Cara Delevingne talks about why she chose to write her book Mirror Mirror with, “I felt like it was my duty, especially now for teenagers who grow up with so much pressure and social media and you know so much issues with identity and sexuality and family stuff. There’s just so much.” In general, adolescent depression is increasing at an alarming rate.
Cara stated that it was quite difficulty for her to admit to her depression: “I was so ashamed of how I felt because I had such a privileged upbringing. I’m very lucky. But I had depression. I had moments where I didn’t want to carry on living. But then the guilt of feeling that way and not being able to tell anyone because I shouldn’t feel that way just left me feeling blame and guilt.”
However, she realized that she should not be ashamed of her feelings and that she was not alone in this, saying, “It’s exactly the same as being physically sick.”
Rapper Angel Haze has openly talked about their depression and mental health struggles and has called teenage depression an epidemic. They stated, “I didn’t get better because I’m famous, I got better because I got help and started to learn how to be happy. I just want others to do the same.”
Both Noah and Miley Cyrus have been open about their battles with anxiety and depression. In talking about why she chose to be open with her mental illness, Miley said, “They [the fans] know I’ve struggled with depression, and that helped them get over theirs. That gives me a big purpose – a reason to wake up in the morning that’s bigger than to put on my…feathers and my little outfits.”
Noah has talked about how important she feels bringing awareness to the issue is: “A lot of people like to judge you, and make fun of you on the Internet, and people make you feel crazy whenever you’re in a depression or having anxiety or having a panic attack…this EP is mostly just about how my emotions have been, and about my anxiety, and how I’ve been struggling with depression and how it’s okay to feel those feelings.”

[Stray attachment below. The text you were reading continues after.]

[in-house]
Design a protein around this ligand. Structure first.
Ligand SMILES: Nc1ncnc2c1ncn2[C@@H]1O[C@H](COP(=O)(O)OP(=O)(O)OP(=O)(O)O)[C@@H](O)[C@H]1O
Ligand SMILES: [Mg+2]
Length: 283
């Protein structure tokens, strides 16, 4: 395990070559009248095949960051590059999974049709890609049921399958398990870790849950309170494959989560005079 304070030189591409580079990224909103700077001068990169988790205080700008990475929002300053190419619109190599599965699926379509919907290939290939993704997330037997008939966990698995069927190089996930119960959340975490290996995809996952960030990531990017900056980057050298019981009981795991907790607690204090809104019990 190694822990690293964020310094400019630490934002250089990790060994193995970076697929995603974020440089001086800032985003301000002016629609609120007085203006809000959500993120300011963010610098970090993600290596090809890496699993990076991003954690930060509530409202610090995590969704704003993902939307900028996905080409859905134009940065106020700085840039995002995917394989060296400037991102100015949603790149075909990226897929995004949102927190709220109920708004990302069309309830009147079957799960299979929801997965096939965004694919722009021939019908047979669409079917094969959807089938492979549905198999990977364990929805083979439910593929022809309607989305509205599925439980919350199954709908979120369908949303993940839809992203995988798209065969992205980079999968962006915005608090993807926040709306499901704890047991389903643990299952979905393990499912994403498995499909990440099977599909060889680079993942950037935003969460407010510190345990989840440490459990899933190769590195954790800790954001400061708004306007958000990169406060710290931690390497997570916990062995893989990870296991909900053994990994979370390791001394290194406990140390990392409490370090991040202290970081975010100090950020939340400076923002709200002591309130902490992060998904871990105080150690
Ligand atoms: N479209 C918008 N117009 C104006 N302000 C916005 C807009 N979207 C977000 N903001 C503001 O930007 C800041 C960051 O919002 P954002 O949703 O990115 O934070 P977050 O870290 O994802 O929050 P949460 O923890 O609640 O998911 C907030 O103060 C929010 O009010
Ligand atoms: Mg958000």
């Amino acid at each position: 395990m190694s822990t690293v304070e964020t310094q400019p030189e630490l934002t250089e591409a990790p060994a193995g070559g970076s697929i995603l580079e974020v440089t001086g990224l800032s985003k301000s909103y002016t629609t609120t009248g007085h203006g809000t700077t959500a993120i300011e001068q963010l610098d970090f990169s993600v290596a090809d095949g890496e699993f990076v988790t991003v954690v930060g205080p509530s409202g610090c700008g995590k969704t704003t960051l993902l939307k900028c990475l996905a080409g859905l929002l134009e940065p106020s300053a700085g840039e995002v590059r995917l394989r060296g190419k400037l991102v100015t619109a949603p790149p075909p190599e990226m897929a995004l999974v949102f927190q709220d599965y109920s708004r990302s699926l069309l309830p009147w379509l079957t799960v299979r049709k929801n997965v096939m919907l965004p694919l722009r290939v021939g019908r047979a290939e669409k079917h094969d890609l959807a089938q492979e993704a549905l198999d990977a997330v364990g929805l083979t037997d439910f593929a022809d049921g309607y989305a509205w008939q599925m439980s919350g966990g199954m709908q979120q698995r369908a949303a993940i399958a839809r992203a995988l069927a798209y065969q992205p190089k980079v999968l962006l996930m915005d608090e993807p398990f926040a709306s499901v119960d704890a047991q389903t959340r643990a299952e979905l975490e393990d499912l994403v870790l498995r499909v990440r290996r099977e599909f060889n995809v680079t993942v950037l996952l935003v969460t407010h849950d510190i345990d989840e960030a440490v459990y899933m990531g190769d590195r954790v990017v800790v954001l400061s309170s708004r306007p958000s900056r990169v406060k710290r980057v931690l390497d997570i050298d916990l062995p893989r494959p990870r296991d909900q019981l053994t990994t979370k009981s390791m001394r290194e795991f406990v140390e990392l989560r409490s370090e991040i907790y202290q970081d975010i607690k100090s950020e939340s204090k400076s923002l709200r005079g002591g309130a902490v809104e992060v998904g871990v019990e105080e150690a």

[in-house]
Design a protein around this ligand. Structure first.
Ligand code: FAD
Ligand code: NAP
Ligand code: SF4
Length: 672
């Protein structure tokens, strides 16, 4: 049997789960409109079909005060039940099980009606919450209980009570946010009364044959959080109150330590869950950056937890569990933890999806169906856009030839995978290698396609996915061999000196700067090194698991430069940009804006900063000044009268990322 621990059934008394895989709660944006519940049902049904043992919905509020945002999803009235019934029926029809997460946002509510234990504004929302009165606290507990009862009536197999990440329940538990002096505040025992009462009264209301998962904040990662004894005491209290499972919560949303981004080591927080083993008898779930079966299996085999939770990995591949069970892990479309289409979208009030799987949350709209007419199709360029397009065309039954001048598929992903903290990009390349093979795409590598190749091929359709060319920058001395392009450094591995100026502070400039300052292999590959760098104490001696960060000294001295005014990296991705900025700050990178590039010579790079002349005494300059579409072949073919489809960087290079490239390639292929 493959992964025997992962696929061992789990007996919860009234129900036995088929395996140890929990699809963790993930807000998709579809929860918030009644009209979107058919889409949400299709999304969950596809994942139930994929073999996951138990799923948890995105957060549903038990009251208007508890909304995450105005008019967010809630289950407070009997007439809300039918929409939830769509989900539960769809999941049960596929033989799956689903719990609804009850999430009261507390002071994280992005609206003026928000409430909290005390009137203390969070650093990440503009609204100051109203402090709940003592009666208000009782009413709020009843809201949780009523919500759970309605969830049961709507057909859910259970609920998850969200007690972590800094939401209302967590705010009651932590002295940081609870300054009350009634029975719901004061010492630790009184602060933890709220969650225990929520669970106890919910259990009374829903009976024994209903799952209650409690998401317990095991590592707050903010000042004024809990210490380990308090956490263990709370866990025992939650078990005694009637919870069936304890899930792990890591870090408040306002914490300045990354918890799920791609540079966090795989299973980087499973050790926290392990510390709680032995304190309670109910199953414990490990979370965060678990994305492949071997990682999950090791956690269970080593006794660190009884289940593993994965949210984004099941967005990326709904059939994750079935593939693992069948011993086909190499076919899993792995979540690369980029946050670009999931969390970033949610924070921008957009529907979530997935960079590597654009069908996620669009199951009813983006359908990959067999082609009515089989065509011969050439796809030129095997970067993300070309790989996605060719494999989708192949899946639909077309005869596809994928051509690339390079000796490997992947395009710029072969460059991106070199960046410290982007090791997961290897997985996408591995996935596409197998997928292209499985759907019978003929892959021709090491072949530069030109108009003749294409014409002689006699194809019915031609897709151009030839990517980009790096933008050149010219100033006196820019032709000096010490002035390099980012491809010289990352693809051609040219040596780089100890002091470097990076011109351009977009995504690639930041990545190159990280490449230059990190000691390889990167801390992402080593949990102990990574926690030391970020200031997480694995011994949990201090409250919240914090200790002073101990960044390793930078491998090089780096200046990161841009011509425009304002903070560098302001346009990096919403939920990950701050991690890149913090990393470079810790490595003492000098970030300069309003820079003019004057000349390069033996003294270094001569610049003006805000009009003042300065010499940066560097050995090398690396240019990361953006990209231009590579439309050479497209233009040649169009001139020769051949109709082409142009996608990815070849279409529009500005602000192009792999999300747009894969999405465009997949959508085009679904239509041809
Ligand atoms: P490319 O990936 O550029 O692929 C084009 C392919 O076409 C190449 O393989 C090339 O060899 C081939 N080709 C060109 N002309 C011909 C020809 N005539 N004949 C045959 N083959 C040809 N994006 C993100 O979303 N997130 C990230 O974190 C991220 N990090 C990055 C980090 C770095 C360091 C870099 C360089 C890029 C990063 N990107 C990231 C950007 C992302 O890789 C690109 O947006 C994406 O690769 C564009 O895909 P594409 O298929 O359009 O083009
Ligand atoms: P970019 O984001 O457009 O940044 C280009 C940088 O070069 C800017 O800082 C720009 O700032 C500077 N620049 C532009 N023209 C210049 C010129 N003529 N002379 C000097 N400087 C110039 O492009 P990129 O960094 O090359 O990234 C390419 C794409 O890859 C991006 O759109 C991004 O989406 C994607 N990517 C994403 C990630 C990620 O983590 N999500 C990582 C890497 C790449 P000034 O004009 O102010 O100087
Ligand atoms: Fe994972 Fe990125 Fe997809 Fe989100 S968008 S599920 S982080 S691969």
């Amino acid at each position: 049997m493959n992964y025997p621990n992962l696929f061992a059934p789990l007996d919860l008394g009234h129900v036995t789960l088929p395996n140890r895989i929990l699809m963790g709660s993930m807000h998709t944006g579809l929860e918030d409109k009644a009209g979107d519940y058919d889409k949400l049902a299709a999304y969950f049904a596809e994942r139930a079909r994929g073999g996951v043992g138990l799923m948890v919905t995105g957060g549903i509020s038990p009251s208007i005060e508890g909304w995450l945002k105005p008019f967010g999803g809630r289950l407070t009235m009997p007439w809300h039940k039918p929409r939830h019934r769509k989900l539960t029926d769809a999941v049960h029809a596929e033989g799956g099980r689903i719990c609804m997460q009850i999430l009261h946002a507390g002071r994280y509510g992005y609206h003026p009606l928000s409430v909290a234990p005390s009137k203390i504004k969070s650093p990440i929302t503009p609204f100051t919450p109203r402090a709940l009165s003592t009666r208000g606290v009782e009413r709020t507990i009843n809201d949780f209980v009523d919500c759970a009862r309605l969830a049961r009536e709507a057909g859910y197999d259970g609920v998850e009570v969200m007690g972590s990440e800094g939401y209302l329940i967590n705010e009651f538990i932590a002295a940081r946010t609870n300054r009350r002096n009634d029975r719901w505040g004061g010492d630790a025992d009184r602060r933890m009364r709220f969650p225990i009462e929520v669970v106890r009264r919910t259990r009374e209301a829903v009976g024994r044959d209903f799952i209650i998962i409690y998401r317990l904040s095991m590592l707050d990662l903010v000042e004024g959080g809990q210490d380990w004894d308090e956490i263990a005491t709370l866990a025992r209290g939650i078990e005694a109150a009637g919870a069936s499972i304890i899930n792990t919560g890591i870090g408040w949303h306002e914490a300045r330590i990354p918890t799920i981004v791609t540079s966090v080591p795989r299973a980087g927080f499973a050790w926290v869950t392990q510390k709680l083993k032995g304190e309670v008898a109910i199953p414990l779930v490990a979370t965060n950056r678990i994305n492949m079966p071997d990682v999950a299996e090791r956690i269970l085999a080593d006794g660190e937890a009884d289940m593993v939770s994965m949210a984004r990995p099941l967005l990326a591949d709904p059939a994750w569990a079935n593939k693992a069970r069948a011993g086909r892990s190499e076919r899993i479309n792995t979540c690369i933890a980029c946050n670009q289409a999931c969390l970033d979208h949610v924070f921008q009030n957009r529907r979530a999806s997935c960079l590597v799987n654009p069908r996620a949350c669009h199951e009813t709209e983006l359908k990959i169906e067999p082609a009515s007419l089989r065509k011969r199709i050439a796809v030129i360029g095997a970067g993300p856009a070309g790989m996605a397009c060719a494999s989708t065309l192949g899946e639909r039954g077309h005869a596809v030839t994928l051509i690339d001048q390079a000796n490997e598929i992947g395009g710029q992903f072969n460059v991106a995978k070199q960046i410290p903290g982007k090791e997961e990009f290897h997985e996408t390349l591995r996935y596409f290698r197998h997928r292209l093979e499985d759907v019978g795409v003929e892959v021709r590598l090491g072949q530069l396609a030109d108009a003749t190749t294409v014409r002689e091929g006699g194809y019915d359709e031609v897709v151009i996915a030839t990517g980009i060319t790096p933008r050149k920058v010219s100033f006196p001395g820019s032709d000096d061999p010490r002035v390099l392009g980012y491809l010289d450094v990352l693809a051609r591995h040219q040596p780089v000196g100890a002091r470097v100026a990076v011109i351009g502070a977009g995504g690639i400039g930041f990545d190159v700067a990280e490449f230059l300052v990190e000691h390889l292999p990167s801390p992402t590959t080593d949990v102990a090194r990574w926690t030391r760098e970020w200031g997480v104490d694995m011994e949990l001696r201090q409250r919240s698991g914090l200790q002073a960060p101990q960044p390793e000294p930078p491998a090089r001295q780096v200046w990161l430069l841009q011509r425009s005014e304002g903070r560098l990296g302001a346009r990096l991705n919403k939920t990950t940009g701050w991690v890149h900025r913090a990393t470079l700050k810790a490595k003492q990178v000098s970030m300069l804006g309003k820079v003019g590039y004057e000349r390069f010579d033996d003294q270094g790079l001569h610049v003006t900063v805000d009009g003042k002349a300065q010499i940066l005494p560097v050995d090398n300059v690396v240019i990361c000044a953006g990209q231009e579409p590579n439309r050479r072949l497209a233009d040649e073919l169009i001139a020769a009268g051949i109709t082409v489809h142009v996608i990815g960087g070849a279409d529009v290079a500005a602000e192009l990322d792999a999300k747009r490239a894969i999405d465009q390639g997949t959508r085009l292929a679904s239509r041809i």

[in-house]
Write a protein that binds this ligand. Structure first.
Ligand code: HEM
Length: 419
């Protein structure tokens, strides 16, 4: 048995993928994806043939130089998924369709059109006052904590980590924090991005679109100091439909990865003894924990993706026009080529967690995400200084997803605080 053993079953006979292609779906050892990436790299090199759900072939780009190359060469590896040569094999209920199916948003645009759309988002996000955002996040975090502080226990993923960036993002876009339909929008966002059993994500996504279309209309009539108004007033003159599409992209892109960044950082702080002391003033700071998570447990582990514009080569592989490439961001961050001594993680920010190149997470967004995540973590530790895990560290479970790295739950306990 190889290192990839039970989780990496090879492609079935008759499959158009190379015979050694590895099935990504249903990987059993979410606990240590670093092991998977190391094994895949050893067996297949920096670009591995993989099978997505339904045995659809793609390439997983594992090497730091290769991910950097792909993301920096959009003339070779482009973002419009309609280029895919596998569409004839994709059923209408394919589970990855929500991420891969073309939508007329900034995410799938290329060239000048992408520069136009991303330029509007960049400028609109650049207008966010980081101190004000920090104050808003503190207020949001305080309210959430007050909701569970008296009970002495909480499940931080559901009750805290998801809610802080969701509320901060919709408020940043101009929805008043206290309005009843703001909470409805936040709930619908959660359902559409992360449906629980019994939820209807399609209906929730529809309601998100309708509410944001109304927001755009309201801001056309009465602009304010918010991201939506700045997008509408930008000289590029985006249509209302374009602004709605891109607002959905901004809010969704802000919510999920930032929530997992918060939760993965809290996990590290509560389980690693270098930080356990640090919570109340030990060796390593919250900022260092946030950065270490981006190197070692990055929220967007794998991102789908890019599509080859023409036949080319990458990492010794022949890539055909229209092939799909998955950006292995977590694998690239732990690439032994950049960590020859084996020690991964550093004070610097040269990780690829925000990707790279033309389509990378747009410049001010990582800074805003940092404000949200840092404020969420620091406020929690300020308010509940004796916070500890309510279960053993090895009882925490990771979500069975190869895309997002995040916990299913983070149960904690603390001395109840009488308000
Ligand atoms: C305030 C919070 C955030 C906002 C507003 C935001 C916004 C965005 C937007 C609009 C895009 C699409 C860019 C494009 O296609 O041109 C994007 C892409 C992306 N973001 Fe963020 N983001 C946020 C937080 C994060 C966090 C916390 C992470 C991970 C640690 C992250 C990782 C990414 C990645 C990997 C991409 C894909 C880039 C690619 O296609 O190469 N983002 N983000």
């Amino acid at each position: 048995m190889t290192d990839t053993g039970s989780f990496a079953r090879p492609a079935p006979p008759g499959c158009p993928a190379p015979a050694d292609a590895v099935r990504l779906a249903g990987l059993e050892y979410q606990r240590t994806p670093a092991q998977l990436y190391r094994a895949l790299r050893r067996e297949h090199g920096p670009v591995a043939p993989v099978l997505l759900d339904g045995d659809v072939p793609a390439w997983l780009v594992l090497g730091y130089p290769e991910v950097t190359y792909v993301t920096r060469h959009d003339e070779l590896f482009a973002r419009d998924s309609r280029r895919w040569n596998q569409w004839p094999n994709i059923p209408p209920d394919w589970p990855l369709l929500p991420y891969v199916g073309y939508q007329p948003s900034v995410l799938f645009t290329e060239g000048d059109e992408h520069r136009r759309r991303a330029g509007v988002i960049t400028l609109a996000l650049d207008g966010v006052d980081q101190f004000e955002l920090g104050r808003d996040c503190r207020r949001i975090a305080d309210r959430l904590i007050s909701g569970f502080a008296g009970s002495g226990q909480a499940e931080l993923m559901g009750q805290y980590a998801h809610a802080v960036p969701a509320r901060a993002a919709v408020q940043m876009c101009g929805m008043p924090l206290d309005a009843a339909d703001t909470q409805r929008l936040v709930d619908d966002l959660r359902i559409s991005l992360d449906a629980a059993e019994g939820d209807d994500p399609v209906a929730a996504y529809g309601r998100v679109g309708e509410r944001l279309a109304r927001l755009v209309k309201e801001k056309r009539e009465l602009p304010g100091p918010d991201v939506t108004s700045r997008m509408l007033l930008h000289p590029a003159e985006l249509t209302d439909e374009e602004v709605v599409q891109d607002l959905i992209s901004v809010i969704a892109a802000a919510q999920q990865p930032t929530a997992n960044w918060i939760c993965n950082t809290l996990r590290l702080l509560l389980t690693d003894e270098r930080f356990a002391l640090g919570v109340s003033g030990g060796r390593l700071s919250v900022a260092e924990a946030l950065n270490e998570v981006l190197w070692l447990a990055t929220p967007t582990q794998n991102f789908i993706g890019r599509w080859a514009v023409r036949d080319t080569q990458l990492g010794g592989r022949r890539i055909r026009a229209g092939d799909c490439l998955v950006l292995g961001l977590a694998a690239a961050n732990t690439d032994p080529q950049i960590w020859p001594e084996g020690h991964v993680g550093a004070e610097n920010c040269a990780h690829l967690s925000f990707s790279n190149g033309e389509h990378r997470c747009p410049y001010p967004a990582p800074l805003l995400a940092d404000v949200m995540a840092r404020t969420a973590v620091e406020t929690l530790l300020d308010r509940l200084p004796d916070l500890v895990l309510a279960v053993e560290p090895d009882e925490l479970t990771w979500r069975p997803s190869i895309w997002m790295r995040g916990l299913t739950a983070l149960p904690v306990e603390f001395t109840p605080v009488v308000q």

Suicide is the second leading cause of death for ages ten to twenty-four, and four out of five young adults who attempt suicide have given clear warning signs. To combat this and raise awareness for mental illness, celebrities have been vocal about the struggles they face and how they are receiving help.
Shannon Purser from Stranger Things encouraged her fans by tweeting a picture of a razor blade with the caption, “I haven’t self-harmed in years, but I kept this around ‘just in case.’ I forgot it was there & now it’s in the trash. Recovery is possible. Please don’t give up on yourself.”
Selena Gomez explained her situation by responding, “I want to be proactive and focus on maintaining my health and happiness and have decided that the best way forward is to take some time off. I know I am not alone by sharing this, I hope others will be encouraged to address their own issues.”
After receiving help, Rowan Blanchard said, “I learned this year that happiness and sadness are not mutually exclusive. They can exist within me at the same time in the same moment.”
Celebrities are becoming more and more vocal in encouraging their fans to get help and in raising awareness for the growing issue. With the growing pressure on teenagers, it’s understandable that mental struggles would increase, but many are coming together to encourage a culture of wellness.